(Press Conference with James Kelly, Assistant Secretary for East Asian and Pacific Affairs October 19, 2002)

10) Does North Korea already have a nuclear weapon?

  • "But, despite administration claims, it is not so clear-cut that North Korea is already a nuclear weapons power. In early 1993, the CIA began circulating an analysis that North Korea may have obtained enough fissile material to produce one or two bombs. But, even today, that analysis is the subject of dispute, with some experts dismissing it as little more than a 'back of the envelope' calculation. It is based largely on the amount of plutonium that would be needed for a nuclear weapon and how much North Korea is estimated to have diverted from its nuclear facilities.

    'There are people who don't agree with that,'said David Albright, president of the Institute for Science and International Security, a research group. He said the possibility was 50-50, but that he believes the odds that North Korea has developed its nuclear weapons capability have increased over time.

    The Clinton administration officially acknowledged the CIA analysis in 1997. But James B. Steinberg, Clinton's deputy national security adviser and now vice president at the Brookings Institution, said it has not been confirmed that North Korea took the plutonium and produced two weapons. Asserting that North Korea already has nuclear weapons, and so it is less alarming if it produces more, 'is a pretty slippery-slope argument,' he said."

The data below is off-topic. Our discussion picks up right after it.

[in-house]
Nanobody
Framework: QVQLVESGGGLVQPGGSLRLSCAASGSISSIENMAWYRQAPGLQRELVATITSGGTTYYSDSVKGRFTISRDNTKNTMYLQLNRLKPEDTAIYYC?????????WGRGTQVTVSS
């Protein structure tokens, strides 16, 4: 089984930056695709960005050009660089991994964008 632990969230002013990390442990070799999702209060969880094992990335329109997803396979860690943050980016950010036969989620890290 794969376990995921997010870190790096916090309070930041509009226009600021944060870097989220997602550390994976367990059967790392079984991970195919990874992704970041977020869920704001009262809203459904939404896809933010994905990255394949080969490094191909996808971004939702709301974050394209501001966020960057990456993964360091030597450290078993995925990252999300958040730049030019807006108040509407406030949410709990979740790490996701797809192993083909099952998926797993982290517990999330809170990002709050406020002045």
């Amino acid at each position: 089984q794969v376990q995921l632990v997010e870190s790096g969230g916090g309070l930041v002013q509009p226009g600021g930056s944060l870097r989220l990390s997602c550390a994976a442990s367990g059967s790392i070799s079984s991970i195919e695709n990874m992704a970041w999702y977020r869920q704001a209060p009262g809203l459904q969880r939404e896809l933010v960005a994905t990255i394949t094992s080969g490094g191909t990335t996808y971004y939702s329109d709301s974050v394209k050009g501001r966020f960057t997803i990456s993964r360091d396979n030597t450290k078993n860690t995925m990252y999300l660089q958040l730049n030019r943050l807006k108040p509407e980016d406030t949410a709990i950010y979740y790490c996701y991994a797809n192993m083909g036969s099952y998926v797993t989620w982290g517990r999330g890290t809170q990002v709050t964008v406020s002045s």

("No Support for Strikes Against North Korea," Washington Post, January 2, 2003)

  • "The debate over what to do about North Korea, an exceptionally difficult question, has been further complicated by distorted descriptions of the problem by both the Bush administration and its critics. Over the weekend Secretary of State Colin L. Powell declared that North Korea has been known to have two nuclear weapons since the early 1990s. But the finding of U.S. intelligence during the Clinton administration was not that Pyongyang built those warheads -- only that it probably could have. Barring new and unreported intelligence, the weapons themselves have never been confirmed -- and that distinction is important. If, as Mr. Powell suggested, North Korea is to be considered an existing nuclear power, then its current steps toward producing further material for bombs are not necessarily so critical; after all, as Mr. Powell said, "what are they going to do with another two or three nuclear weapons when they're starving, when they have no energy, when they have no economy that is functioning?" Such logic is convenient to the administration's strategy of playing down the North Korean threat and postponing an active response to it. But if it's not certain that this murderous and immoral regime already has a bomb, then it is important to do whatever can be done now to stop what increasingly looks like a drive by dictator Kim Jong Il to produce an arsenal as quickly as possible. Perhaps there is no way to stop him; but the administration would be wrong to prematurely concede North Korea's standing as a nuclear power."
    ("Terms for Pyongyang," Washington Post, December 31, 2002)

  • "This is a country that is in desperate condition. What are they going to do with another two or three nuclear weapons when they are starving, when they have no energy, when they have no economy that is functioning? We now believe they have a couple of nuclear weapons, and had them for years."
    (Secretary Colin Powell, NBC Meet the Press, December 29, 2002)